If you’ve ever seen a dew-covered insect, it’s pretty impressive. The insect just stays there, covered in perfect round droplets of water that somehow just don’t soak in. Of course, if water did go into their wings, it would be a problem as it would make the wings heavier, and flying more difficult. But insects don’t just have water-repellant wings: they use this repelled water to clean up dirt and other contaminants as well.
It’s not just insects that developed this ability. Geckos and some plants also developed this ability, in a striking example of convergent evolution. But for us humans, this ability was out of reach. So a team of researchers from the University of Edinburgh in Scotland got to work.
They started with computer simulations. They used the supercomputer ARCHER2 to simulate the water-repellant mechanisms at play in cicadas’ wings. They found that this water-repelling ability lies at the interplay of three elements: the forces of attraction at play between the water droplets, the contaminant, and the molecules on the surface of the insect’s wings. Based on this interplay, the cicadas can clean their wings in two ways.
The first scenario is when the force of the water droplet is higher than the force pinning the contaminant to the surface. In this case, the pollutant is absorbed by the droplet as it rolls off. The other case is more spectacular. Essentially, the lifting forces of lots of droplets merging together can be used to catapult the pollutant. Essentially, the insects can create a sort of water balloon from multiple droplets that sucks off the pollutant.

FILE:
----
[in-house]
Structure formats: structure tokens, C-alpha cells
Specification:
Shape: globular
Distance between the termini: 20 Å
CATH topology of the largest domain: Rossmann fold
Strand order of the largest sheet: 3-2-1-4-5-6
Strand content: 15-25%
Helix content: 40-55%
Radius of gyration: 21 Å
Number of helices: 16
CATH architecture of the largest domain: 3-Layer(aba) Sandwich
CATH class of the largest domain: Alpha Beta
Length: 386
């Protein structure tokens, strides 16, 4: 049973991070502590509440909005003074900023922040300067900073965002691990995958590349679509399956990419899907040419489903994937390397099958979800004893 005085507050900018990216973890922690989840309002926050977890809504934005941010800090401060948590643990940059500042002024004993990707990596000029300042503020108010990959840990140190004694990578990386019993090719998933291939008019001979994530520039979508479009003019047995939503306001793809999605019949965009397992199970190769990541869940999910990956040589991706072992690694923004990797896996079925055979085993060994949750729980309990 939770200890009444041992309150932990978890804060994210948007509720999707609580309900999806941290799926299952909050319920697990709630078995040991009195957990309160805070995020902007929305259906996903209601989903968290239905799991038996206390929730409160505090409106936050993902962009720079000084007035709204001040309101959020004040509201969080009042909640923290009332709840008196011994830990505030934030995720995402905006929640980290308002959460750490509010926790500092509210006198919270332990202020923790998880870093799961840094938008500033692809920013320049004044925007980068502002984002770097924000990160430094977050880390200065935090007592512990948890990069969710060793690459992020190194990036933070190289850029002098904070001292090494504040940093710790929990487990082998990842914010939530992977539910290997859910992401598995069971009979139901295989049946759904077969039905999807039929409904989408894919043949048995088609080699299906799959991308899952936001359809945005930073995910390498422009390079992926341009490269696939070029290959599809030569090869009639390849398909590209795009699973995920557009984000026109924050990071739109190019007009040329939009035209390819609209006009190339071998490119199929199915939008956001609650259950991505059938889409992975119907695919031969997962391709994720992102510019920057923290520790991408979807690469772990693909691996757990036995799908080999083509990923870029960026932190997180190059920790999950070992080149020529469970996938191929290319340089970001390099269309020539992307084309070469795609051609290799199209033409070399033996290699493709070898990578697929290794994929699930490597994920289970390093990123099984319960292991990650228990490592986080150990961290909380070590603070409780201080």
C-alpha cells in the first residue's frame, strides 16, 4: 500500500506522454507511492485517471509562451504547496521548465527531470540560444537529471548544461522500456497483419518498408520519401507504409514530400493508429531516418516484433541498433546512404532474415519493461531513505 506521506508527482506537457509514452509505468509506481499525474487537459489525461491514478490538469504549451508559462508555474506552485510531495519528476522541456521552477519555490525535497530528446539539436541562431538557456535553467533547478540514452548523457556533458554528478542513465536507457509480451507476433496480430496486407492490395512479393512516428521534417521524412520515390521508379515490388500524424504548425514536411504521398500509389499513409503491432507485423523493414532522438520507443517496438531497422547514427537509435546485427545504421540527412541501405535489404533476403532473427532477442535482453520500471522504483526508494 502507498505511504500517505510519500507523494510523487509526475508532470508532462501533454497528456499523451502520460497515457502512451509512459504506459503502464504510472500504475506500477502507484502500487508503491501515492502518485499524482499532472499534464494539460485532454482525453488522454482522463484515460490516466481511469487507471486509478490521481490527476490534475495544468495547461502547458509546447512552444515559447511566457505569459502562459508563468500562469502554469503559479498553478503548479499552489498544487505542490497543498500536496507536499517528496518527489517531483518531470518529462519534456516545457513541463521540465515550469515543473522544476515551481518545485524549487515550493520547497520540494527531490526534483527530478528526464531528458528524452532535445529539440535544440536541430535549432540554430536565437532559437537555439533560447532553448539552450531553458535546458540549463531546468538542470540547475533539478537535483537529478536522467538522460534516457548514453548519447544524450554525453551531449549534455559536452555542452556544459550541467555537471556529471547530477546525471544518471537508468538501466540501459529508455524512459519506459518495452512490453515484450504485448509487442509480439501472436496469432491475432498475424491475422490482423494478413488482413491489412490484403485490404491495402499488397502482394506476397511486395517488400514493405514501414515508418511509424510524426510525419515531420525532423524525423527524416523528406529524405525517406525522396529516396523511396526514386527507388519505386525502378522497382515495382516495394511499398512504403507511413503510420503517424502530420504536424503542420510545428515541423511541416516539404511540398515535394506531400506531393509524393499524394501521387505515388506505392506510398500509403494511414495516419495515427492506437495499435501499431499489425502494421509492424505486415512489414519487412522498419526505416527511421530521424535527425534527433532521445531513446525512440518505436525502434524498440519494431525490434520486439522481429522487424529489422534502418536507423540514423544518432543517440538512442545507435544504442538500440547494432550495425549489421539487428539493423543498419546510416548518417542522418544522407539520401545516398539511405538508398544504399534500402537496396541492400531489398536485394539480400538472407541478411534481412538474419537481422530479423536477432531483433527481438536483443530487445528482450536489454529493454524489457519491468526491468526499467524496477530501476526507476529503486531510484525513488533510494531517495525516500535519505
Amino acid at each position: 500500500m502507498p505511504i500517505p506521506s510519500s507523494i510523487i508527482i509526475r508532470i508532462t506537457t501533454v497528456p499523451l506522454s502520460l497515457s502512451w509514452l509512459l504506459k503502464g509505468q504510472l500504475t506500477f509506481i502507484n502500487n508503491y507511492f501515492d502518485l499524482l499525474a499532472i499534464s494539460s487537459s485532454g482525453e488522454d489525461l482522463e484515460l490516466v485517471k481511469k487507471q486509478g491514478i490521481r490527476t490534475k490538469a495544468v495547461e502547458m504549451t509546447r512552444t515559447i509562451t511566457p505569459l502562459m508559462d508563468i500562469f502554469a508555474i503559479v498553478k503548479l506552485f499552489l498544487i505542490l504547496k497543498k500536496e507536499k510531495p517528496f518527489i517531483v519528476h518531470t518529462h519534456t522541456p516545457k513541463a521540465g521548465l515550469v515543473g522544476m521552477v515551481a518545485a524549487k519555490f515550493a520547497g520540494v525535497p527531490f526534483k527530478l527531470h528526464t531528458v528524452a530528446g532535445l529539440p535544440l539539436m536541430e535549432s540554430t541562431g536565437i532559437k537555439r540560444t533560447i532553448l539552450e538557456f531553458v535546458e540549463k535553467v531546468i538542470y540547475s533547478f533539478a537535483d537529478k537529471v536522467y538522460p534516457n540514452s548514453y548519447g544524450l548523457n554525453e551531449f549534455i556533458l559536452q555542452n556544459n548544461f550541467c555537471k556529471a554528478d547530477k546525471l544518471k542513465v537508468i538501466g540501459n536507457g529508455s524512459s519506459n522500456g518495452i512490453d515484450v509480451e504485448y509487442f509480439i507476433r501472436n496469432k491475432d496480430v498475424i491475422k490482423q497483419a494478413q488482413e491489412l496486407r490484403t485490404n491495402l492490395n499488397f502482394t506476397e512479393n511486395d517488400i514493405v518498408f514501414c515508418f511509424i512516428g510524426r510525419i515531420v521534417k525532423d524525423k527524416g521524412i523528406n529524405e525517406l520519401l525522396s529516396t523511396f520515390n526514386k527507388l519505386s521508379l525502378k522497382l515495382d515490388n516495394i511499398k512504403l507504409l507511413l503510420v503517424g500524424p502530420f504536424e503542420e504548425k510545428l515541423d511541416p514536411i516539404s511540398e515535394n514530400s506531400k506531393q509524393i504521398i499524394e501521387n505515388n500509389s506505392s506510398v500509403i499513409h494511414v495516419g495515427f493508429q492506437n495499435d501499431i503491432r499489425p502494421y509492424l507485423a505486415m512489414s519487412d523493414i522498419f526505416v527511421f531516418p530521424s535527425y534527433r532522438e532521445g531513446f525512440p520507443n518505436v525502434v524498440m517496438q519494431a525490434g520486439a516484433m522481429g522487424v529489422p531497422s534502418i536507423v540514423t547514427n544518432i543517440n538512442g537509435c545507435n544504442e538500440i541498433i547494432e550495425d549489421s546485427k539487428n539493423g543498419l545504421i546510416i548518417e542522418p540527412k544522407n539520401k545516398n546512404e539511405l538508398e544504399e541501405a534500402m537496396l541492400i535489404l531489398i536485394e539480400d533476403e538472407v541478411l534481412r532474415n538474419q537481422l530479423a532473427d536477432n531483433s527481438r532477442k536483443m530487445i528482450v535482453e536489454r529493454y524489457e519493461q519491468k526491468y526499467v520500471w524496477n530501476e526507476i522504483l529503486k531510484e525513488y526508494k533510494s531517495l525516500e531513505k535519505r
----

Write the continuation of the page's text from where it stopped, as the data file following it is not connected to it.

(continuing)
We now have a better understanding of how surfaces can be passively decontaminated without using a power source. This work has a broad scope for future research and the development of new experiments for self-cleaning surfaces.
This research reveals the critical parameters required for contaminants to be removed effectively from surfaces and opens up new avenues for exploiting precision assembly in future electronics and biosensors.
Researchers are now looking to incorporate this approach into man-made objects like solar panels, car windshields, or even outdoor sensors. The ability of an outdoor material to use water to clean itself is valuable and could save a lot of money in the long run (for instance, solar panels are notorious for losing efficiency when they get covered by dirt).